Biogeography is the study of the distribution of species and ecosystems in space and time. Biological invasions result in major shifts in the geographic distributions of species and species assemblages. As invasions have increased due to human transfers, the temporal and spatial pattern of invasions has changed dramatically.
Our research explores the biogeography of marine organisms from several vantage points, with particular emphasis on bays and estuaries:
Patterns of biological invasions
Patterns of invasions refers the both the distribution of species and the ways in which they are spread (vectors). Using data collected from the Fouling Community Survey as well as historical records from a range of sources, including literature and museum collections, we can start to understand how invasions occur, spread, and change the invaded region. The fouling survey is an intensive survey of marine fouling communities that provides standardized measures of non-native species across sites and over time, for more on this survey and the fouling community see the July 2012 Feature Story.
Shipping is a major vector in the species of marine and estuarine species. We use data on ship traffic and ballast water discharge collected by the National Ballast Information Clearinghouse (NBIC) help us understand the patterns of past invasion and help predict future ones. Learn more about how ballast water data are used in the July 2011 Feature Story. Specific examples of how data from NBIC are being used include the creation of a model to predict changes in shipping patterns with the expansion of the Panama Canal and an analysis of vessel traffic entering the Great Lakes and their subsequent movements within the Great Lakes to quantify and describe the patterns of vessel movement and resulting ballast water movements, find more on these projects here.
Range limits of native and non-native species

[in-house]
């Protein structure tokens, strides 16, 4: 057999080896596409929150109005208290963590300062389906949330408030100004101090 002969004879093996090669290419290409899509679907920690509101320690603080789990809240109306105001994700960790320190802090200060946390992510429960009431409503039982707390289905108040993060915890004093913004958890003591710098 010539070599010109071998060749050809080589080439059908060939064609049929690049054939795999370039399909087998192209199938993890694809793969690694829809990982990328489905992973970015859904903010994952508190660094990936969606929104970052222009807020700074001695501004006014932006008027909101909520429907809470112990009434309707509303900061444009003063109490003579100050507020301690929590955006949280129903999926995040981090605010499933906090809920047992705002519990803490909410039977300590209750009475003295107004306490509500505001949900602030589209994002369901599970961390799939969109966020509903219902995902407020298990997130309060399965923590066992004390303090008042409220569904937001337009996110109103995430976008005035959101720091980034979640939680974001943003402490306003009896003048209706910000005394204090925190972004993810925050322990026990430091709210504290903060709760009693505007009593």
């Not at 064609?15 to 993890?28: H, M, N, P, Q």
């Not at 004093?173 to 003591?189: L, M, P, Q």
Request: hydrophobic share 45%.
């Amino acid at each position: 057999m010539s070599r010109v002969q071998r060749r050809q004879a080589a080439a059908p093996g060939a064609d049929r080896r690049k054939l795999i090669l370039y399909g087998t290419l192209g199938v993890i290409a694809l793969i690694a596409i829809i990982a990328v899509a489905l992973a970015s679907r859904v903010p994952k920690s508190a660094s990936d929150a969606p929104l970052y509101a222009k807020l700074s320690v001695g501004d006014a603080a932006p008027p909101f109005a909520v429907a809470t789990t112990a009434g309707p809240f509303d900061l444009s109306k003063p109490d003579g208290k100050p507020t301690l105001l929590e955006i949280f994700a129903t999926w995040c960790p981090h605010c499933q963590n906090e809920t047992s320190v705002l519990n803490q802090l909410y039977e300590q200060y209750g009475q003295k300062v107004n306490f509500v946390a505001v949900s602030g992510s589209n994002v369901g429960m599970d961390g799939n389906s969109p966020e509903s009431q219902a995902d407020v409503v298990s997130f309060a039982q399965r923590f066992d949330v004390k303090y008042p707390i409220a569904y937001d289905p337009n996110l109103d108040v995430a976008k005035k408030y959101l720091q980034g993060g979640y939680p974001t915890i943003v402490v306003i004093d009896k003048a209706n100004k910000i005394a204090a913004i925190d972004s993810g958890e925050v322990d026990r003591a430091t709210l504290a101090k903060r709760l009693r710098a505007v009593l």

|An example of a distribution map in the National Exotic Marine and Estuarine Species Information System (NEMESIS) showing the all the locations where the European Green Crab (Carcinus maenas) has been found. An interactive version of the map is found here under occurrences.
We explore that factors that influence the range limit of species living along the coastline. Our research is designed to (a) characterize the distribution of both native and non-native populations, (b) test hypotheses about factors that limit distribution and spread, and (c) develop predictions about the potential and realized range of species. A major focus of this work is on non-native populations, but we are also interested in comparisons between native and non-native populations. Some examples of this include the salinity and temperature trials that were conducted on the European Green Crab (Carcinus maenas) in the early 2000s (available here). More recent examples include the study done by Dr. Canning Clode in 2011 on the Northern spread of the Green Porcelain Crab (Petrolisthes armatus), described in the January 2012 Feature Story and the citizen science effort in Alaska to monitor and detect European Green Crabs as they more north, described in the March 2013 Feature Story.
Updated August 2013